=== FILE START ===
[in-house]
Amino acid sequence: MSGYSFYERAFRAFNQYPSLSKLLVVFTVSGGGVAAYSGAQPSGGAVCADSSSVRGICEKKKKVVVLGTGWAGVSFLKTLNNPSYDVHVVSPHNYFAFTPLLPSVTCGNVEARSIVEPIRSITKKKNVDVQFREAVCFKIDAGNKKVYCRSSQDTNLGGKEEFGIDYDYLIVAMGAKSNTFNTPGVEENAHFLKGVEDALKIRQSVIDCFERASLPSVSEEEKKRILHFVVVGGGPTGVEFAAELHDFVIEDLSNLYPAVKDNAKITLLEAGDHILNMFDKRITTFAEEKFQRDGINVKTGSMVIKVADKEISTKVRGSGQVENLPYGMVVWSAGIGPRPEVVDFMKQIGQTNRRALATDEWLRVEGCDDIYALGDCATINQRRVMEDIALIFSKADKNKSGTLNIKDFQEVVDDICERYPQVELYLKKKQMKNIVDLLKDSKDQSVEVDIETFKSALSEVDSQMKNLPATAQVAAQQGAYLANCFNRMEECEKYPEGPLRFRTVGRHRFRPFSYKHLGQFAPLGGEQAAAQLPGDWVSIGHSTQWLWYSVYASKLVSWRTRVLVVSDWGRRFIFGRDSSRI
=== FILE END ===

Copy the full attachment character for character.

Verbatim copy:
[in-house]
Amino acid sequence: MSGYSFYERAFRAFNQYPSLSKLLVVFTVSGGGVAAYSGAQPSGGAVCADSSSVRGICEKKKKVVVLGTGWAGVSFLKTLNNPSYDVHVVSPHNYFAFTPLLPSVTCGNVEARSIVEPIRSITKKKNVDVQFREAVCFKIDAGNKKVYCRSSQDTNLGGKEEFGIDYDYLIVAMGAKSNTFNTPGVEENAHFLKGVEDALKIRQSVIDCFERASLPSVSEEEKKRILHFVVVGGGPTGVEFAAELHDFVIEDLSNLYPAVKDNAKITLLEAGDHILNMFDKRITTFAEEKFQRDGINVKTGSMVIKVADKEISTKVRGSGQVENLPYGMVVWSAGIGPRPEVVDFMKQIGQTNRRALATDEWLRVEGCDDIYALGDCATINQRRVMEDIALIFSKADKNKSGTLNIKDFQEVVDDICERYPQVELYLKKKQMKNIVDLLKDSKDQSVEVDIETFKSALSEVDSQMKNLPATAQVAAQQGAYLANCFNRMEECEKYPEGPLRFRTVGRHRFRPFSYKHLGQFAPLGGEQAAAQLPGDWVSIGHSTQWLWYSVYASKLVSWRTRVLVVSDWGRRFIFGRDSSRI